Celebrities and athletes are not paid in the traditional way of a check every two weeks in the same amount. Rather, their compensation can drastically change depending on their talent and their most recent contract. This is one of the reasons why we see so many celebrities and athletes seeking to modify child support or alimony. A recent example of this is ex-NBA coach, Byron Scott, who was recently fired from his job as head coach of the Los Angeles Lakers. NBA's Byron Scott: I Can't Afford My Ex-Wife's Lifestyle…I'm Unemployed!!, by TMZ Staff, July 17, 2016, tmz.com.
Scott and his ex-wife of 29 years, Anita, divorced in 2014, right around the time Scott signed a $17 million contract with the Lakers. Accordingly, he was ordered to pay $26,000 per month in alimony. Since that time, Scott was fired by the Lakers and his financial situation changed drastically. His current income is $50,000/month as opposed to the $300,000/month he was making with the Lakers. In addition, Scott claims there is very little chance of him finding a new job until next year since all coaching spots have been filled. As such, he has asked the court "to cut off all spousal support payments…at least for now."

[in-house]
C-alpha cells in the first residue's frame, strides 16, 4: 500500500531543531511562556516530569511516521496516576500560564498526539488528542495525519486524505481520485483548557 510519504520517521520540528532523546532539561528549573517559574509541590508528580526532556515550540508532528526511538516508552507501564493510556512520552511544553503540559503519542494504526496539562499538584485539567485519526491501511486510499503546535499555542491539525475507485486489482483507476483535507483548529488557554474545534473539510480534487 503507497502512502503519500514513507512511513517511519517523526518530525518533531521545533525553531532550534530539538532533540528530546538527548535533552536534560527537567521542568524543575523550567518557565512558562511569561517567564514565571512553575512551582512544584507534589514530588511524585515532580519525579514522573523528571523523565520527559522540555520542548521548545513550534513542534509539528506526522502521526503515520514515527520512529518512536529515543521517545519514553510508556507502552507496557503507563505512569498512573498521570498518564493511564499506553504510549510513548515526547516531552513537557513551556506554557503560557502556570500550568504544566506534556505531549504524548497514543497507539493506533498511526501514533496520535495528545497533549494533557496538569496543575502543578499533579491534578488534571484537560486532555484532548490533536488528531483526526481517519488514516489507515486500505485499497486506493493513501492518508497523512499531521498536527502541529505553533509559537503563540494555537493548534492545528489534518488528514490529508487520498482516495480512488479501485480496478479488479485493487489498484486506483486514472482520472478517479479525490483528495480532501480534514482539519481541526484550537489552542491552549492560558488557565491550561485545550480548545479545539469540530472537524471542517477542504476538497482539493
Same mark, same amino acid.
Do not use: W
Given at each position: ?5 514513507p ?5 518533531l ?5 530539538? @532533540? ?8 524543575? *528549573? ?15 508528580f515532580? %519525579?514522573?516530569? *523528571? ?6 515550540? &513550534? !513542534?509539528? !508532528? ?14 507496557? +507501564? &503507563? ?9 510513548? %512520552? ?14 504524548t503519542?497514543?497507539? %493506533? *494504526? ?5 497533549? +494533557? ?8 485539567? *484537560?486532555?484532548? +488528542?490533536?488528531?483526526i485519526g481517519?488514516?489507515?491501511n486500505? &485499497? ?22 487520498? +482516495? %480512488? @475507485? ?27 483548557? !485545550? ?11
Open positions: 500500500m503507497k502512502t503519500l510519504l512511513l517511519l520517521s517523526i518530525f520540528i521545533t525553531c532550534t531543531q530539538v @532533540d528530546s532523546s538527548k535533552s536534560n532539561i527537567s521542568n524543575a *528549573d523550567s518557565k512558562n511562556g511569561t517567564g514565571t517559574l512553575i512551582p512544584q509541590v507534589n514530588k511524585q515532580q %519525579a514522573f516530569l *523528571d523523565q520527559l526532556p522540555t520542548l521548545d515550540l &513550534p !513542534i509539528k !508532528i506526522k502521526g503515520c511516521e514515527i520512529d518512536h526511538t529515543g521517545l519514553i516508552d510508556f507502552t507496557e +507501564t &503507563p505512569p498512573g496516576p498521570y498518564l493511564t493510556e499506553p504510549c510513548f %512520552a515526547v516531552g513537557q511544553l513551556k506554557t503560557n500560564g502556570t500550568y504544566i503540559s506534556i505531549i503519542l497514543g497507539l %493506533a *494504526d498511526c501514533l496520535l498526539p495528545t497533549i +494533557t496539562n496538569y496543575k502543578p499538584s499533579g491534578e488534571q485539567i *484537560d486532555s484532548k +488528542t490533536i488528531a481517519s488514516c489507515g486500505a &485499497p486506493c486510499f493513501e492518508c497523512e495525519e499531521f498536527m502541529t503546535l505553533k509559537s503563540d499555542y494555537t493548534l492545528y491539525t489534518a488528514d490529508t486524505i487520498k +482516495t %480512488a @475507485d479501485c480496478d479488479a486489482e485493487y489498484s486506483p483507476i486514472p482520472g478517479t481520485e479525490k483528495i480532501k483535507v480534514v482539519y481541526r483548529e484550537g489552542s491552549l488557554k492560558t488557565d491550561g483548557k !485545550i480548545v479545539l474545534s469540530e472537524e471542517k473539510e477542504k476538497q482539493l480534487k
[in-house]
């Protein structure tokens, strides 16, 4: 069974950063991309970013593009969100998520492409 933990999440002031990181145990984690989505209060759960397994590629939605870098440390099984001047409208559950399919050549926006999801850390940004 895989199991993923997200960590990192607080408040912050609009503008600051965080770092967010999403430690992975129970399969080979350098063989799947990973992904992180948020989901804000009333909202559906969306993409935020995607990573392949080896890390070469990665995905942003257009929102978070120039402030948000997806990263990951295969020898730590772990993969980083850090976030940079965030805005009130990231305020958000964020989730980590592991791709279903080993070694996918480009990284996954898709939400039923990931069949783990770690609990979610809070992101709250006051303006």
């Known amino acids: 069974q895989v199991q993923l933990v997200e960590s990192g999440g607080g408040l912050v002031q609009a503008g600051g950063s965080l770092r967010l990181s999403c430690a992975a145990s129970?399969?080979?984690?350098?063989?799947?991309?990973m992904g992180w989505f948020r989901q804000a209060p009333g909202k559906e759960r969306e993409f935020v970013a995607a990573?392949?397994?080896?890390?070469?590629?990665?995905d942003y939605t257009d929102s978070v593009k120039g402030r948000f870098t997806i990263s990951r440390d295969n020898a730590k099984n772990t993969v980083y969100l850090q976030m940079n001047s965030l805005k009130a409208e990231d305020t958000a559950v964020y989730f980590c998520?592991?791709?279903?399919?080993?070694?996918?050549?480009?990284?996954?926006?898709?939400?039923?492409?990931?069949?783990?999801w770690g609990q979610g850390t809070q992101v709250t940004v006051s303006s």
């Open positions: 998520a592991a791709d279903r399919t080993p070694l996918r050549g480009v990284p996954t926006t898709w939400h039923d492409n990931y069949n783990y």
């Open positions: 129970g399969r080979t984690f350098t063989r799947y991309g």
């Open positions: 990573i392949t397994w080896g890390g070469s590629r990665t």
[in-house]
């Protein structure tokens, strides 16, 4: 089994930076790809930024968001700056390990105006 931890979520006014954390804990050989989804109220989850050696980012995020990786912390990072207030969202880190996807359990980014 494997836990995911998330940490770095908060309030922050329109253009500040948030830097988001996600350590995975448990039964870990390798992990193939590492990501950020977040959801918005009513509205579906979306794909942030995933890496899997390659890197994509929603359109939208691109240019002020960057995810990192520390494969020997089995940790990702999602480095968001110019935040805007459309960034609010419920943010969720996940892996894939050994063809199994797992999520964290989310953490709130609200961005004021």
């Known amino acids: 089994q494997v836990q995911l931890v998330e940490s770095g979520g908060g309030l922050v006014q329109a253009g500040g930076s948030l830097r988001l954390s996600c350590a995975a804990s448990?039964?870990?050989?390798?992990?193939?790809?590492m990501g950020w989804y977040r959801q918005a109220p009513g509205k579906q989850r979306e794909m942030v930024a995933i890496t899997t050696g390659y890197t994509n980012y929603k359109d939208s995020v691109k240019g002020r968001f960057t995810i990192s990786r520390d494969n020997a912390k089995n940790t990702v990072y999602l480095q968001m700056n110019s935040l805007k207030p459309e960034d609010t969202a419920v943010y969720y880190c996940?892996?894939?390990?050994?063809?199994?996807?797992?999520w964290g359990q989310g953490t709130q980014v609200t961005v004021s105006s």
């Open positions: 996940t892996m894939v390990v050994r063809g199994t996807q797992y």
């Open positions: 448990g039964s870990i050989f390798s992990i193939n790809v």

Under the circumstances, Scott is well within his rights to seek a modification of alimony due to his changed financial circumstances. He will likely receive some sort of downward modification. However, it is unlikely that the judge will completely cut off all spousal support payments. Even under his current, lower compensation, Scott is making $50,000/month. This is still a significant amount of income and alimony has been awarded in situations where the payor makes much less that this. In Georgia, in an alimony modification case, "the merits of whether a party is entitled to alimony are not an issue. The only issue is whether there has been such a substantial change in the income and financial status of either former spouse, in cases of permanent alimony for the support of a former spouse, as to warrant either a downward or upward revision or modification of the permanent alimony judgment." O.C.G.A. §19-6-20. As such, if this case were in Georgia, Anita would still get some amount of alimony, though it would be significantly less that what she was used to receiving. That being said, if/when Scott signs a new coaching contract, Anita may bring a new alimony modification action to increase the amount of alimony in line with his new contract.